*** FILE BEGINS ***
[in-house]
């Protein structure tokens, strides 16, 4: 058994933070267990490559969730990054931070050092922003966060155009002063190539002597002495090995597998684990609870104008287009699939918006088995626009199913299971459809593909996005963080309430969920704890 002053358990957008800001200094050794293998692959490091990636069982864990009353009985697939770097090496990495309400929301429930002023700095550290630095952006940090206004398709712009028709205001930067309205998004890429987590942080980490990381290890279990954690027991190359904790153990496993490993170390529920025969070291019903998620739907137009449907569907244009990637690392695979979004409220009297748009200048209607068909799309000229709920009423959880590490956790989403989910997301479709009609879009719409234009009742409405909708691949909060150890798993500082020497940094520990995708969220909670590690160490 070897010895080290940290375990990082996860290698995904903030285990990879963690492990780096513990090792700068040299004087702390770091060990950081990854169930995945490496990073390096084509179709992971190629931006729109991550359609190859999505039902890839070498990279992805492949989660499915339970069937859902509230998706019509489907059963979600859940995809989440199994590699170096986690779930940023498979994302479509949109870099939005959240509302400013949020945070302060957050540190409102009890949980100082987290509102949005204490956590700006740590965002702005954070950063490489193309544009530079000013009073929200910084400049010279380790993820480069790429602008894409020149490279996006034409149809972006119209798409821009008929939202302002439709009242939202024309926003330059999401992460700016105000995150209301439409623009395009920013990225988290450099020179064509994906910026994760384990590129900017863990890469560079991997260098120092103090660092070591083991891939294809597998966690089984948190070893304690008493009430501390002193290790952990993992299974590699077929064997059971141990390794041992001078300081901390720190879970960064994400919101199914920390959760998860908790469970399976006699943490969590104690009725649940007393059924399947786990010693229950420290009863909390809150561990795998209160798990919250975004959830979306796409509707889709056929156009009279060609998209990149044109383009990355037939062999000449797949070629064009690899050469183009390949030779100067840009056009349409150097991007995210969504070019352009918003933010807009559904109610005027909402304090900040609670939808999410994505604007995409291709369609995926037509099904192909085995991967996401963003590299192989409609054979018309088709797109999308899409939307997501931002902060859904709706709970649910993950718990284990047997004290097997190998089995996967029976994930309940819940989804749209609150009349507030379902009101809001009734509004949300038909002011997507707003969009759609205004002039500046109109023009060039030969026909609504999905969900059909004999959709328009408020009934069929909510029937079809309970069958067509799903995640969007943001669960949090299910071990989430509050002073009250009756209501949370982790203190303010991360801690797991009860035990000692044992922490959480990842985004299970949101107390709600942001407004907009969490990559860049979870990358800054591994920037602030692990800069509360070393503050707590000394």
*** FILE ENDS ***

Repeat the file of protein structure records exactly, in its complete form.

[in-house]
């Protein structure tokens, strides 16, 4: 058994933070267990490559969730990054931070050092922003966060155009002063190539002597002495090995597998684990609870104008287009699939918006088995626009199913299971459809593909996005963080309430969920704890 002053358990957008800001200094050794293998692959490091990636069982864990009353009985697939770097090496990495309400929301429930002023700095550290630095952006940090206004398709712009028709205001930067309205998004890429987590942080980490990381290890279990954690027991190359904790153990496993490993170390529920025969070291019903998620739907137009449907569907244009990637690392695979979004409220009297748009200048209607068909799309000229709920009423959880590490956790989403989910997301479709009609879009719409234009009742409405909708691949909060150890798993500082020497940094520990995708969220909670590690160490 070897010895080290940290375990990082996860290698995904903030285990990879963690492990780096513990090792700068040299004087702390770091060990950081990854169930995945490496990073390096084509179709992971190629931006729109991550359609190859999505039902890839070498990279992805492949989660499915339970069937859902509230998706019509489907059963979600859940995809989440199994590699170096986690779930940023498979994302479509949109870099939005959240509302400013949020945070302060957050540190409102009890949980100082987290509102949005204490956590700006740590965002702005954070950063490489193309544009530079000013009073929200910084400049010279380790993820480069790429602008894409020149490279996006034409149809972006119209798409821009008929939202302002439709009242939202024309926003330059999401992460700016105000995150209301439409623009395009920013990225988290450099020179064509994906910026994760384990590129900017863990890469560079991997260098120092103090660092070591083991891939294809597998966690089984948190070893304690008493009430501390002193290790952990993992299974590699077929064997059971141990390794041992001078300081901390720190879970960064994400919101199914920390959760998860908790469970399976006699943490969590104690009725649940007393059924399947786990010693229950420290009863909390809150561990795998209160798990919250975004959830979306796409509707889709056929156009009279060609998209990149044109383009990355037939062999000449797949070629064009690899050469183009390949030779100067840009056009349409150097991007995210969504070019352009918003933010807009559904109610005027909402304090900040609670939808999410994505604007995409291709369609995926037509099904192909085995991967996401963003590299192989409609054979018309088709797109999308899409939307997501931002902060859904709706709970649910993950718990284990047997004290097997190998089995996967029976994930309940819940989804749209609150009349507030379902009101809001009734509004949300038909002011997507707003969009759609205004002039500046109109023009060039030969026909609504999905969900059909004999959709328009408020009934069929909510029937079809309970069958067509799903995640969007943001669960949090299910071990989430509050002073009250009756209501949370982790203190303010991360801690797991009860035990000692044992922490959480990842985004299970949101107390709600942001407004907009969490990559860049979870990358800054591994920037602030692990800069509360070393503050707590000394």